Parents – remember that this is your child’s journey! You have shuttled them across the country or perhaps even the world to compete at the highest level. You have paid for SAT tutors, coaches, private school, AAU programs, recruiting clinics, and never mind the equipment (sorry hockey parents). We applaud you for wanting to give your child every opportunity to chase a collegiate dream-now is when you take a backseat.
All of the correspondence and communication I speak of above should be coming directly from the prospect. You are more than welcome to accompany on an unofficial visit or ID clinic if requested, but make sure that you fade into the background. If you are meeting a coach with your son or daughter, allow them to do all of the talking. If you have a specific question relating to the well-being of your child that you feel is important to ask by all means feel free. Anything else should be off limits.
We need to be teaching young men and women that they are responsible in advocating for themselves and tasked with dealing with setbacks and challenges on their own. Coaches take notice when a prospect can speak confidently, intelligently and with humility about their experiences and ambition. Afterward, be a sounding board and nothing more. Listen to their thoughts and concerns and help them to think analytically about what they have just experienced. Be proud of them and encourage them. This is their life, their career, and you have likely done a great job in guiding them to this point.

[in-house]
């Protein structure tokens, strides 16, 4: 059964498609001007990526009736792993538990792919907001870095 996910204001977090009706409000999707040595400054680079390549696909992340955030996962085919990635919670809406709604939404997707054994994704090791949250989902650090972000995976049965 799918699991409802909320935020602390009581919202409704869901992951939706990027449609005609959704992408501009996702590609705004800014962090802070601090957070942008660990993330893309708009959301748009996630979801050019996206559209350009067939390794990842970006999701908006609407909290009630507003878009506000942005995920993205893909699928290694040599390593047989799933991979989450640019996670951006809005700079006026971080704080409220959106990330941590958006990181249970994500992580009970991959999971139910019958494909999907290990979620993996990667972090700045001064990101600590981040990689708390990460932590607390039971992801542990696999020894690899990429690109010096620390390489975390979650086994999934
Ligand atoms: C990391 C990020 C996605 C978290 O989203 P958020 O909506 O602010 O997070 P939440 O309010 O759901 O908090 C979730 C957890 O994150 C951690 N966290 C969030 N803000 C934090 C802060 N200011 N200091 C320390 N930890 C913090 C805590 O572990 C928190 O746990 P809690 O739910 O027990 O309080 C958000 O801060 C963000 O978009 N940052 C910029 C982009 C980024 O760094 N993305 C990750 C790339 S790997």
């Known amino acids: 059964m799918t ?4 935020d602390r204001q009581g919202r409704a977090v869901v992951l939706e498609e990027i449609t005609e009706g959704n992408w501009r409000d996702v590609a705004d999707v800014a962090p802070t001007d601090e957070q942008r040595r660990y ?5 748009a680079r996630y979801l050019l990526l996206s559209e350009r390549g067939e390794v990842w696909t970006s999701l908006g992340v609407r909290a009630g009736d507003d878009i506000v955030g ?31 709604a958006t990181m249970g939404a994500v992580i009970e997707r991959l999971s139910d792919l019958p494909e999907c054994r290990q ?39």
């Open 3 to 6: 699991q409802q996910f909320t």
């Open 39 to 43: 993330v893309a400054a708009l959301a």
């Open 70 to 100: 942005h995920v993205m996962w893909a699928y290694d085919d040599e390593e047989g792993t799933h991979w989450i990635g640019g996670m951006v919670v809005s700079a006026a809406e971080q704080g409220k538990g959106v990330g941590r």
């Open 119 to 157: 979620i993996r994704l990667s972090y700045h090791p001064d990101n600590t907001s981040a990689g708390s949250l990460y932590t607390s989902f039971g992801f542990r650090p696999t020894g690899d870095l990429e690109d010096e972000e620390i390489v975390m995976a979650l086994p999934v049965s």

Just as schools are trying to evaluate a prospect several times before making a final decision, so should the prospect be as familiar with a school and program as possible. Many athletic programs have shifted policy, only offering official visits to admitted students who are matriculating. This change means unofficial visits have become even more important for a recruit to glean glimpses of what life could be on that campus. Visiting class, eating in the dining hall, staying in the dorms, watching how a team trains, experiencing the excitement of a gameday – these are all crucial elements in forming a full opinion before making a decision.
No two recruitment experiences are exactly the same. That is why it is so important to start early and commit to the process. Sometimes events unfold perfectly, but often the journey from recruitment to matriculation is long and arduous. Stay focused and on top of what needs to be accomplished each week. My clients who are most successful in the process are often the ones in touch with me several times a week to provide updates and ask what else they can be doing.
Keep a level head throughout. Don’t let one coach saying “no” derail you just as you shouldn’t believe the hype because you received one email from Stanford. Remind yourself to continually embody the elements that will make you a successful college athlete – belief, diligence, and humility.
Some departing advice: focus on what you can control and don’t internalize the challenges that inevitably occur – your worth is not defined by the school you attend. In my experience, once everyone gets over the initial disappointment of not getting an offer from their dream school, playing Division III when you hoped for Division I, or attending a school with less “prestige” than you expected, the dust will settle and you will begin an incredible journey as a collegiate student-athlete. The four years spent as a student-athlete will be some of the most formative and meaningful of a young person’s life. Put your head down, get to work and enjoy a ride that will be over all too quickly.
Please visit www.advantageathleticgroup.com to find out more about AAG and founder Matthew Gnall.